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INTERVIEW: Brix Smith Start
Marc Burrows , October 15th, 2018 14:38

Brix Smith Start opens up about the passing of Mark E Smith and the upcoming second album from her band the Extricated

Brix and the Extricated will release their second album, Breaking State, on October 26, via singer Brix Smith Start's own newly founded label, Grit and Glamour. The album follows on from last year's debut effort Part 2, and is both more muscular-sounding and more emotionally and musically rich than its predecessor. Crucially, unlike their debut, it contains no songs by four of the members' previous band, The Fall.

That the Extricated recorded a well-received debut album, let alone a second record is, when you think about it, pretty remarkable. The odds were stacked against them. The band formed by previous Fall members Brix, Steve and Paul Hanley and Steve Trafford (plus guitarist Jason Brown, who was never in The Fall) has occasionally been dismissed as a “tribute band” (“how can we be a tribute to ourselves?” says Brix, indignant) or a nostalgia act (“I don't think so!”). It’s a ghost they put to rest quickly by outgrowing their initial selling-point of playing the great songs Mark E Smith had long-ago abandoned, releasing Part 2 in 2017. The record saw them reclaim a handful of Brix-penned Fall classics ('LA', 'Hotel Bloedel', 'Feeling Numb'), but it was the new material that really impressed, proving that fifteen-years since she last picked up a guitar, Brix Smith Start still had something to say. On Breaking State, the band’s second record in as many years (old habits apparently die hard) they shed their past entirely with an album that melds crunchy guitar pop to moments of string-laden, naked emotion.

“It was always the plan” says Brix, on getting out from under the shadow of her former band. “We have a pedigree and a history so it seemed only fitting to start from the beginning and take back some songs we'd written that had been kicked to the kerb over the years, because they were our songs. But we soon realised we were all great writers, we started writing and the songs kept coming out. People didn't know what to make of us, so we wanted to sonically take them on a journey from where we began to where we're going. That was Part 2. We're never going to record Fall songs again, ever.”

While musically Breaking States plays happily with dischord and attitude, not least in the unmistakable sound of Steve Hanley's bass playing, it’s also an extremely tender and often uncomfortably honest experience, not surprising given the death of Mark E Smith earlier this year, something which can't help but impact an album featuring both his ex-wife and the bass player who stood by him on stage for nearly 20 years. “The shock of him leaving the planet left a big, empty hole for me” says Brix of the man that brought her to Britain after meeting her on tour in the US as a 21-year-old in 1983, “I struggled. For three months I don't think I went out.”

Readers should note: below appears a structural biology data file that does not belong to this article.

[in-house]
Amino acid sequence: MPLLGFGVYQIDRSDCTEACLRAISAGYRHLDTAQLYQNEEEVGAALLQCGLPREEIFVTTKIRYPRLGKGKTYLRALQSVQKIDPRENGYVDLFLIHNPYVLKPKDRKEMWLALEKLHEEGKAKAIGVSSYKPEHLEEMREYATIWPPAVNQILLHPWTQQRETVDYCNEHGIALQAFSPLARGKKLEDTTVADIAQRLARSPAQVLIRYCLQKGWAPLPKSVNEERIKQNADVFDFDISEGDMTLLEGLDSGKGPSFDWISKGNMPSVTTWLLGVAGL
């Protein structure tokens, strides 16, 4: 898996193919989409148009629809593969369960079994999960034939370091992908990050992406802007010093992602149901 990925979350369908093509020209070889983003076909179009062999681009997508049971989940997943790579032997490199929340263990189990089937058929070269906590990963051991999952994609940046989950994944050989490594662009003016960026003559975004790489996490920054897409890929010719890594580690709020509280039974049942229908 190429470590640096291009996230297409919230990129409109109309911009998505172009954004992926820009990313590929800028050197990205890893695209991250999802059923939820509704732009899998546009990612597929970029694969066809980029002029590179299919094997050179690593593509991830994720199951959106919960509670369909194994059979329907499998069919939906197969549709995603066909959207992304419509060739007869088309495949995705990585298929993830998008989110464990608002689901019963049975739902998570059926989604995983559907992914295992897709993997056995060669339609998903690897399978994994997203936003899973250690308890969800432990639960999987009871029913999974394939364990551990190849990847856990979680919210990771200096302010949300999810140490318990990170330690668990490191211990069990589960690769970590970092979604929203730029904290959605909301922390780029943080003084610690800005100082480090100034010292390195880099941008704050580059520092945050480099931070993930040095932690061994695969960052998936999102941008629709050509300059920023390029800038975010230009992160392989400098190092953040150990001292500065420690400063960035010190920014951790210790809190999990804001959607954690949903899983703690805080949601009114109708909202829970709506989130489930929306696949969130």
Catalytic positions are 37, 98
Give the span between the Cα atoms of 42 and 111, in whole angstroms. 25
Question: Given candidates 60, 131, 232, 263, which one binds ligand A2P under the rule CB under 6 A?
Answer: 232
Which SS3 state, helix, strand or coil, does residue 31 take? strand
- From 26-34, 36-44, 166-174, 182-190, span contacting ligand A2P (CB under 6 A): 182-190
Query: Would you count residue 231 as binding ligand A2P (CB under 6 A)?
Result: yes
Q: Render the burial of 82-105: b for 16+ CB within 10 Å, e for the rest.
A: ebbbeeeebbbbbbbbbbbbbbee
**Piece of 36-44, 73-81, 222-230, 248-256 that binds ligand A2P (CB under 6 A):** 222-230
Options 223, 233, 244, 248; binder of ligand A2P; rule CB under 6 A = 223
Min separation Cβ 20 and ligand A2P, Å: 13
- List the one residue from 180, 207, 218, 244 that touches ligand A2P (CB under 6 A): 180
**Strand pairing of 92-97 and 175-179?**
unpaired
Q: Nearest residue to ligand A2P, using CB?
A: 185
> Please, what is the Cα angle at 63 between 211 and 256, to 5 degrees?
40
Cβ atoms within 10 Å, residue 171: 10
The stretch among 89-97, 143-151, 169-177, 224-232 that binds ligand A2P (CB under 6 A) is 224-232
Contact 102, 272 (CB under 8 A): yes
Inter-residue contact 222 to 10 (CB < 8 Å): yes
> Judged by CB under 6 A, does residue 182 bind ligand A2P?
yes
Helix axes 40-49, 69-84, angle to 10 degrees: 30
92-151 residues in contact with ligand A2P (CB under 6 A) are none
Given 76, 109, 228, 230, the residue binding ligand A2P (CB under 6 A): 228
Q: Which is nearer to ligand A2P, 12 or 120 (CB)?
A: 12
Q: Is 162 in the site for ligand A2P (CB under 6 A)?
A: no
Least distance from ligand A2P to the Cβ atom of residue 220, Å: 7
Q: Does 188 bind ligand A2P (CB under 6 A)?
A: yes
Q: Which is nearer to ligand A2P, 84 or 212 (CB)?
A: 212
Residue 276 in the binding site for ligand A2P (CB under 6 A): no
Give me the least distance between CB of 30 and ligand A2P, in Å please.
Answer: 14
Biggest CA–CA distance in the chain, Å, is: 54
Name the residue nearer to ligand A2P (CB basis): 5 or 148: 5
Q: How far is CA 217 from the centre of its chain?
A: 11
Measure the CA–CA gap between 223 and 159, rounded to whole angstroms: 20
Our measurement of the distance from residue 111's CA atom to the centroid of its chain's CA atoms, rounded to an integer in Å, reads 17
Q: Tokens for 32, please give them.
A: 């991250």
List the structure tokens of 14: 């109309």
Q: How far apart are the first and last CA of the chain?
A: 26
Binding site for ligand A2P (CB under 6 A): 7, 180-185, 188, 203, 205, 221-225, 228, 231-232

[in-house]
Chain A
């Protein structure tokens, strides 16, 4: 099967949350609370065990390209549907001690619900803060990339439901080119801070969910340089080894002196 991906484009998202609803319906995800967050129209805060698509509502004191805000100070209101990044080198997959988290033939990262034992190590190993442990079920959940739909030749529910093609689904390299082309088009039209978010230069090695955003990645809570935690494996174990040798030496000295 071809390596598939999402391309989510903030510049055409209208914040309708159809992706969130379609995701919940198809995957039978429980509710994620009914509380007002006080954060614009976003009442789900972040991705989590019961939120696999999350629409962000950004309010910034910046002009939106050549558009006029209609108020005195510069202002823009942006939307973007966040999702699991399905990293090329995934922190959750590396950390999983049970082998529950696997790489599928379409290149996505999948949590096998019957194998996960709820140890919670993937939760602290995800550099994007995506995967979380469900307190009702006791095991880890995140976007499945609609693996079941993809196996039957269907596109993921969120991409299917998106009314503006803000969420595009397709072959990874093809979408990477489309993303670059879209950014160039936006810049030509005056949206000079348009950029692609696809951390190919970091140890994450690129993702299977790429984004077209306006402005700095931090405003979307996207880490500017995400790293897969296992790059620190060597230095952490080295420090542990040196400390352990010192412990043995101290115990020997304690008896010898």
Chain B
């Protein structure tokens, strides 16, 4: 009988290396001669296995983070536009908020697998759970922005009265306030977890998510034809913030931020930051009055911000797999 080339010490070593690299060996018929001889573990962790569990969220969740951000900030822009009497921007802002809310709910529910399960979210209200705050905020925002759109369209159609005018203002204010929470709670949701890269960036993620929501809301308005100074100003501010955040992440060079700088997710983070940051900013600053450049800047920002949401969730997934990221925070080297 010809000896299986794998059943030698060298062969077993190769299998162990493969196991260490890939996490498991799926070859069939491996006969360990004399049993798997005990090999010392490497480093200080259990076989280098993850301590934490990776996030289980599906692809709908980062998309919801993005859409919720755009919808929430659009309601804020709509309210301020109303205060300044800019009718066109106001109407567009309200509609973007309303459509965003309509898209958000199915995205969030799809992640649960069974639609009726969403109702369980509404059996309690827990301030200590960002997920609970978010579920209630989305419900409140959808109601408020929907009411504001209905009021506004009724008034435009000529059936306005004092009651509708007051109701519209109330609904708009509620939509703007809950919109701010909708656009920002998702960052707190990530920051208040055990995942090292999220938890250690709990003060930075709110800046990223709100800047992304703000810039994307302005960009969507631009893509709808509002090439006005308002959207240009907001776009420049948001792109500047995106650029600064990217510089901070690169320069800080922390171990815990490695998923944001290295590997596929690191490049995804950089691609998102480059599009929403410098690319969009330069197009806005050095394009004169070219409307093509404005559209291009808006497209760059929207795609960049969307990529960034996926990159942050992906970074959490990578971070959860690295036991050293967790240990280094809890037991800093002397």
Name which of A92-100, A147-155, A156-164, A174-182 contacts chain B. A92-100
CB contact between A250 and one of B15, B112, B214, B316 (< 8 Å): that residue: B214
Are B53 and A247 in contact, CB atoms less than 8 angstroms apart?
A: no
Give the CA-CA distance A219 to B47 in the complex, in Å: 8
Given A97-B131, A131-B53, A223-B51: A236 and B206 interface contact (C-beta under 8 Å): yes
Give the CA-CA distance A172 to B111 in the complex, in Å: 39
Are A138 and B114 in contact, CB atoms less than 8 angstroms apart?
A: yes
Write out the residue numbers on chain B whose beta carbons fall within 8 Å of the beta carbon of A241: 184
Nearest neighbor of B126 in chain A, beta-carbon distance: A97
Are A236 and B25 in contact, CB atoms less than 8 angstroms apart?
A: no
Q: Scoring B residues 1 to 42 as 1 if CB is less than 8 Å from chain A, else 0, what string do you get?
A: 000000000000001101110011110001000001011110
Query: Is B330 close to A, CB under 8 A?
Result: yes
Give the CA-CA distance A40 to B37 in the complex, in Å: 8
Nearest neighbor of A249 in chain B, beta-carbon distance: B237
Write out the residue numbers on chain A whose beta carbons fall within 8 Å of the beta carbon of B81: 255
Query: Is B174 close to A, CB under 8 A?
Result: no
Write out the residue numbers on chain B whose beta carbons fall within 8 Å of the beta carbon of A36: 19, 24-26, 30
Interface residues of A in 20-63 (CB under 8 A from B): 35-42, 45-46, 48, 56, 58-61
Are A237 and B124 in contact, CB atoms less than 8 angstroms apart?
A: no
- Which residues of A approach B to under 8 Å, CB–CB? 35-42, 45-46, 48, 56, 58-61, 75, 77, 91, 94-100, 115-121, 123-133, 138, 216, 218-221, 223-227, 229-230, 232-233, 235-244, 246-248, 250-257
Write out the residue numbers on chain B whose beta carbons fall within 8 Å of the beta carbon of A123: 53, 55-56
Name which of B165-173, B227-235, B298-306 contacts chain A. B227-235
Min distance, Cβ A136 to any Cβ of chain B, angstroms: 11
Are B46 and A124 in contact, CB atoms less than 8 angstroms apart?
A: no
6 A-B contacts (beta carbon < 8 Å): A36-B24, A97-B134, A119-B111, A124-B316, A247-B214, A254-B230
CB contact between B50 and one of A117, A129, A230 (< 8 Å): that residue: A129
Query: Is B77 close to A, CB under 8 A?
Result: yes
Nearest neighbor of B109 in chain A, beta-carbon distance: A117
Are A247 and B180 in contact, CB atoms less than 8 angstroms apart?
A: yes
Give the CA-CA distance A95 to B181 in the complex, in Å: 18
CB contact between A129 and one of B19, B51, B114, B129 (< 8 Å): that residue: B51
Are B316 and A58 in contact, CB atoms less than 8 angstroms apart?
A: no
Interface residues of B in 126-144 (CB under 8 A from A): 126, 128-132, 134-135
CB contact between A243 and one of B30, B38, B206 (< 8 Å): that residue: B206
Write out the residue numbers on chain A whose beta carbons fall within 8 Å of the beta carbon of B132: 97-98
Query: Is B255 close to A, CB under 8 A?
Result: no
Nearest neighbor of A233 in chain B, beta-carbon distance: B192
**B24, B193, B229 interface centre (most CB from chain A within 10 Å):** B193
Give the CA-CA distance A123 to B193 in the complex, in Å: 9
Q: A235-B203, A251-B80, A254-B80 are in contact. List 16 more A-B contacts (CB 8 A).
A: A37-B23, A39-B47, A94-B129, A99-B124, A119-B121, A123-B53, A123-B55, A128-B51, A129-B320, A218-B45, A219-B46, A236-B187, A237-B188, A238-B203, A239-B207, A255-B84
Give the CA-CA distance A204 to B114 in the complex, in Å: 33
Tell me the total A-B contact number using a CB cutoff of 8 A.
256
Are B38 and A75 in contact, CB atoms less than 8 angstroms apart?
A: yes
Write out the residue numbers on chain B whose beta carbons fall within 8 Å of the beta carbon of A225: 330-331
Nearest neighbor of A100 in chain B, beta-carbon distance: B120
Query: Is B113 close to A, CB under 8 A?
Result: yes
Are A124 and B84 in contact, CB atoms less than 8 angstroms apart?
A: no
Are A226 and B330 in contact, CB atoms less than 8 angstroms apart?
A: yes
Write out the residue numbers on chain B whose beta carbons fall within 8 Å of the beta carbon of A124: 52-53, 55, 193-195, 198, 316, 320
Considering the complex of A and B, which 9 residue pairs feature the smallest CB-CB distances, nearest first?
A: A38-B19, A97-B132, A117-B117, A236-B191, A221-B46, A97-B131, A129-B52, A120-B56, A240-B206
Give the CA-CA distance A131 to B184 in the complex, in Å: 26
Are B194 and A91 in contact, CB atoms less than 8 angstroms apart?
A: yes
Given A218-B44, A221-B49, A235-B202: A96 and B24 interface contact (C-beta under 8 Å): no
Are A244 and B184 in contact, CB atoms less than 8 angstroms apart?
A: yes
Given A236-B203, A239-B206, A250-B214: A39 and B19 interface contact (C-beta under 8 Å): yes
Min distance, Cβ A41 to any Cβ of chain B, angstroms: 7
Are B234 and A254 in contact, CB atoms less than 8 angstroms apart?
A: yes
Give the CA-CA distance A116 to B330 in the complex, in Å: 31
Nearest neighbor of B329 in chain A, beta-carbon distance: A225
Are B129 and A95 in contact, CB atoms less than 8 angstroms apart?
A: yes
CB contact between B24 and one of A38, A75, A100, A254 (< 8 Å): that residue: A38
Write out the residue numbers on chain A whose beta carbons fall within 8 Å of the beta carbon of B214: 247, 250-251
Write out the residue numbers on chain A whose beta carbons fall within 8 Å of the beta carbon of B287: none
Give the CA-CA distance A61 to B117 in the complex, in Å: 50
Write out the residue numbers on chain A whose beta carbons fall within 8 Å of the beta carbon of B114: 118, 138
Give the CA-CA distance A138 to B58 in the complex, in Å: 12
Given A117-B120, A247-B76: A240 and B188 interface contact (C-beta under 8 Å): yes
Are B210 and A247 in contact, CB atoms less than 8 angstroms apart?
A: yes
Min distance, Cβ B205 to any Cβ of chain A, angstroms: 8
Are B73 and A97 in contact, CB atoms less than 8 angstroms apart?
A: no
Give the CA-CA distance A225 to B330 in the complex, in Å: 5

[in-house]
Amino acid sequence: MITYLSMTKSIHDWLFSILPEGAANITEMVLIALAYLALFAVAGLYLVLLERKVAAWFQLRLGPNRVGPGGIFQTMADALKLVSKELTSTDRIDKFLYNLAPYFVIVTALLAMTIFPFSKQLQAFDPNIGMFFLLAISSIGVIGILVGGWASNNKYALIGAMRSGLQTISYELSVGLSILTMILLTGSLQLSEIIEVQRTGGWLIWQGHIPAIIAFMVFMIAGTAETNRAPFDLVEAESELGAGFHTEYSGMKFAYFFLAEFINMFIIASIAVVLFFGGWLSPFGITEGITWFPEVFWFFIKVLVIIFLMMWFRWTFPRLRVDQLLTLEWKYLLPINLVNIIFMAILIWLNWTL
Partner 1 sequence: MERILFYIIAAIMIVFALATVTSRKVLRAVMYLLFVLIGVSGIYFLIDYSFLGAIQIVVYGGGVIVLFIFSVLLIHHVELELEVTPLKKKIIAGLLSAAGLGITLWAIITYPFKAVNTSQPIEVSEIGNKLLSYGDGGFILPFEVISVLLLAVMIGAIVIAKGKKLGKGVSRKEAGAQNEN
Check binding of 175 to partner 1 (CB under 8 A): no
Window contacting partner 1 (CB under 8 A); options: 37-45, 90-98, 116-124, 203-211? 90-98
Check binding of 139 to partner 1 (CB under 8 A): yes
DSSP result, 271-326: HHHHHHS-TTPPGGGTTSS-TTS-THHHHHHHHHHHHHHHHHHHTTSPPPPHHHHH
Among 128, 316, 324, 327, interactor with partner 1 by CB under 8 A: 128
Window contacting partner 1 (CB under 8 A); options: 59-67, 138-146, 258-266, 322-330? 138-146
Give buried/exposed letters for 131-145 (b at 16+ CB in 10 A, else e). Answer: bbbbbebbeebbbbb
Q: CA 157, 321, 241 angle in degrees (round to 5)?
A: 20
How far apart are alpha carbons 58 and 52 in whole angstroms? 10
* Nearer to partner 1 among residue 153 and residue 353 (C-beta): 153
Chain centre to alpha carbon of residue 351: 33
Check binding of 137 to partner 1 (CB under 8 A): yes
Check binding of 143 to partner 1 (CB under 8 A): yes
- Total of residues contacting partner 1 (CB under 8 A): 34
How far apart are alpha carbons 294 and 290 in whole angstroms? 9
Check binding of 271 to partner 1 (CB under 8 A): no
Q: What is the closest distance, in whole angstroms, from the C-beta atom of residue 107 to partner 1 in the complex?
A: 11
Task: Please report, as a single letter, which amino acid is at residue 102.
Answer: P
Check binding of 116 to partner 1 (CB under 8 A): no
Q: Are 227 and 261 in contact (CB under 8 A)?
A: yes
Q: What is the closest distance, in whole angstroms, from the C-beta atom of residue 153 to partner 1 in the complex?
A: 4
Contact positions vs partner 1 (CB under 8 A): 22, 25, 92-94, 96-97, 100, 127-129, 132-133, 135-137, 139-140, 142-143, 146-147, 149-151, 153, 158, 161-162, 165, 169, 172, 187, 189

Only one song on the record is explicitly about Smith, the penultimate 'Heavy Crown', but his presence, and the need to move on from it, and from tragedy in general hangs over the whole album. A perfect example is 'Vanity', a downbeat post-punk confessional and the linchpin of the album, written after a trip to India to make a documentary about transcendental meditation with Donavon. “The imagery of the Ganges, and the bodies burning and the transition between life and death, and the physical to non-physical. Obviously, that's partly to do with Mark, because that's been a big thing this year for me, but also a transition from one thing to another.”

Transition, rather than loss, is at the heart of the album. “The song and the album, and me, and the band, the whole thing, is about transformation,” says Brix. “It's about blossoming as who you are. In [opening song] 'Alaska' you're small and vulnerable, you're absolutely hobbled by your fears, you're in a terrible, frightening place, all the way to [closing track] 'Unrecognisable' where you burst out. Each song tells the story, and by the end you've transformed. I wanted to take it from black and white to full-blown Disney technicolour, with the strings and the sounds. Being in a relationship where you're taken for granted, you're broken, mistreated, that’s the state of mind going into the song, and then the chorus ‘never give up, never shut up’ is the pep talk to get through it. It's a really emotional song for me. I've tried to do with this album what I've done with my career, coming out of the ashes of the Fall, coming out of the ashes of a breakdown, having denied myself music for fifteen years after I left. This is standing up and claiming who and what I am as a musician.”

Breaking State is out on October 26. The band will tour in support of the album through October and November. For the full list of dates, click here